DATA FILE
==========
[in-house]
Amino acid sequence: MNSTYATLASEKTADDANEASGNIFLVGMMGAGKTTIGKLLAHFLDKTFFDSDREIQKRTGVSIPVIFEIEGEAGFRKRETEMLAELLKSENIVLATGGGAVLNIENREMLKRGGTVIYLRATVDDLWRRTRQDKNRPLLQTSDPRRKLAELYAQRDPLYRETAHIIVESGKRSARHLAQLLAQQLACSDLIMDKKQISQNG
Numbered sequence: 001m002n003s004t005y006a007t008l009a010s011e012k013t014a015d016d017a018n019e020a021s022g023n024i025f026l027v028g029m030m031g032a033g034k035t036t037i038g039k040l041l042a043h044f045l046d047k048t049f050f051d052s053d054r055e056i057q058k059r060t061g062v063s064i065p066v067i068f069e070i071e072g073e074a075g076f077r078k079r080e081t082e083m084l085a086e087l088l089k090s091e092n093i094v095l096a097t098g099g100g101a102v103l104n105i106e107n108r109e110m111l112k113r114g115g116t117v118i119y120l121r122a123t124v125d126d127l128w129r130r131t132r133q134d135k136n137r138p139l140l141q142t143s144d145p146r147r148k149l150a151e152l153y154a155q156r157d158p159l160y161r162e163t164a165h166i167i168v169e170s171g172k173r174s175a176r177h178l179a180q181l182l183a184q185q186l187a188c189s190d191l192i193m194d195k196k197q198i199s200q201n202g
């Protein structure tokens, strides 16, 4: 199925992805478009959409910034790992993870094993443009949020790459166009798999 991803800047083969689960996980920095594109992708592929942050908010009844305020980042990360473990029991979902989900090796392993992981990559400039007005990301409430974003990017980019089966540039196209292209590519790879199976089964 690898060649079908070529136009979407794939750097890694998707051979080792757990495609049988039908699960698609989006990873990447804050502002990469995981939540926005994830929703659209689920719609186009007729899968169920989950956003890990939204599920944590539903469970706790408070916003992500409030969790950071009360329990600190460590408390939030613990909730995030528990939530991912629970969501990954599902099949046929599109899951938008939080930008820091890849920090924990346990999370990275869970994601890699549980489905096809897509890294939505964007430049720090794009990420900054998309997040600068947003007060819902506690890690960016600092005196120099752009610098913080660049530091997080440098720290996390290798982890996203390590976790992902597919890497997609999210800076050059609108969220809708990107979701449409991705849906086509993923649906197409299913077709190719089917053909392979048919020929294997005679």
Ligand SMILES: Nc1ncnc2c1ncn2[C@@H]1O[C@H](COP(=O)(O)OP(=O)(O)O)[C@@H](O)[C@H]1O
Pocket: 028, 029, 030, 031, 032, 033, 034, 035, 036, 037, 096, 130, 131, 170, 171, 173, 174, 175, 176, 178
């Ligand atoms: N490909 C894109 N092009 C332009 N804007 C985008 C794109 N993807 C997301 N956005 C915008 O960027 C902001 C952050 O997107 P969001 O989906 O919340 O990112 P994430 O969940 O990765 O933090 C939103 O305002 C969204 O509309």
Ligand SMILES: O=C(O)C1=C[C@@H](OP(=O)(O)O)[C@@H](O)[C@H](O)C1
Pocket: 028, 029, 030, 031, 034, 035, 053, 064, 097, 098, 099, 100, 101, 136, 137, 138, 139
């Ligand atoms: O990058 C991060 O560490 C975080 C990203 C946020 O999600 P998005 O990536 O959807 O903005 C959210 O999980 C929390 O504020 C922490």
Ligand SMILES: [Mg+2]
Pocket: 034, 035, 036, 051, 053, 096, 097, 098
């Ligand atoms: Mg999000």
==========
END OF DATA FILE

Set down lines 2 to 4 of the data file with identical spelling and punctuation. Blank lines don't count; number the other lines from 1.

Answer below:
Amino acid sequence: MNSTYATLASEKTADDANEASGNIFLVGMMGAGKTTIGKLLAHFLDKTFFDSDREIQKRTGVSIPVIFEIEGEAGFRKRETEMLAELLKSENIVLATGGGAVLNIENREMLKRGGTVIYLRATVDDLWRRTRQDKNRPLLQTSDPRRKLAELYAQRDPLYRETAHIIVESGKRSARHLAQLLAQQLACSDLIMDKKQISQNG
Numbered sequence: 001m002n003s004t005y006a007t008l009a010s011e012k013t014a015d016d017a018n019e020a021s022g023n024i025f026l027v028g029m030m031g032a033g034k035t036t037i038g039k040l041l042a043h044f045l046d047k048t049f050f051d052s053d054r055e056i057q058k059r060t061g062v063s064i065p066v067i068f069e070i071e072g073e074a075g076f077r078k079r080e081t082e083m084l085a086e087l088l089k090s091e092n093i094v095l096a097t098g099g100g101a102v103l104n105i106e107n108r109e110m111l112k113r114g115g116t117v118i119y120l121r122a123t124v125d126d127l128w129r130r131t132r133q134d135k136n137r138p139l140l141q142t143s144d145p146r147r148k149l150a151e152l153y154a155q156r157d158p159l160y161r162e163t164a165h166i167i168v169e170s171g172k173r174s175a176r177h178l179a180q181l182l183a184q185q186l187a188c189s190d191l192i193m194d195k196k197q198i199s200q201n202g
């Protein structure tokens, strides 16, 4: 199925992805478009959409910034790992993870094993443009949020790459166009798999 991803800047083969689960996980920095594109992708592929942050908010009844305020980042990360473990029991979902989900090796392993992981990559400039007005990301409430974003990017980019089966540039196209292209590519790879199976089964 690898060649079908070529136009979407794939750097890694998707051979080792757990495609049988039908699960698609989006990873990447804050502002990469995981939540926005994830929703659209689920719609186009007729899968169920989950956003890990939204599920944590539903469970706790408070916003992500409030969790950071009360329990600190460590408390939030613990909730995030528990939530991912629970969501990954599902099949046929599109899951938008939080930008820091890849920090924990346990999370990275869970994601890699549980489905096809897509890294939505964007430049720090794009990420900054998309997040600068947003007060819902506690890690960016600092005196120099752009610098913080660049530091997080440098720290996390290798982890996203390590976790992902597919890497997609999210800076050059609108969220809708990107979701449409991705849906086509993923649906197409299913077709190719089917053909392979048919020929294997005679």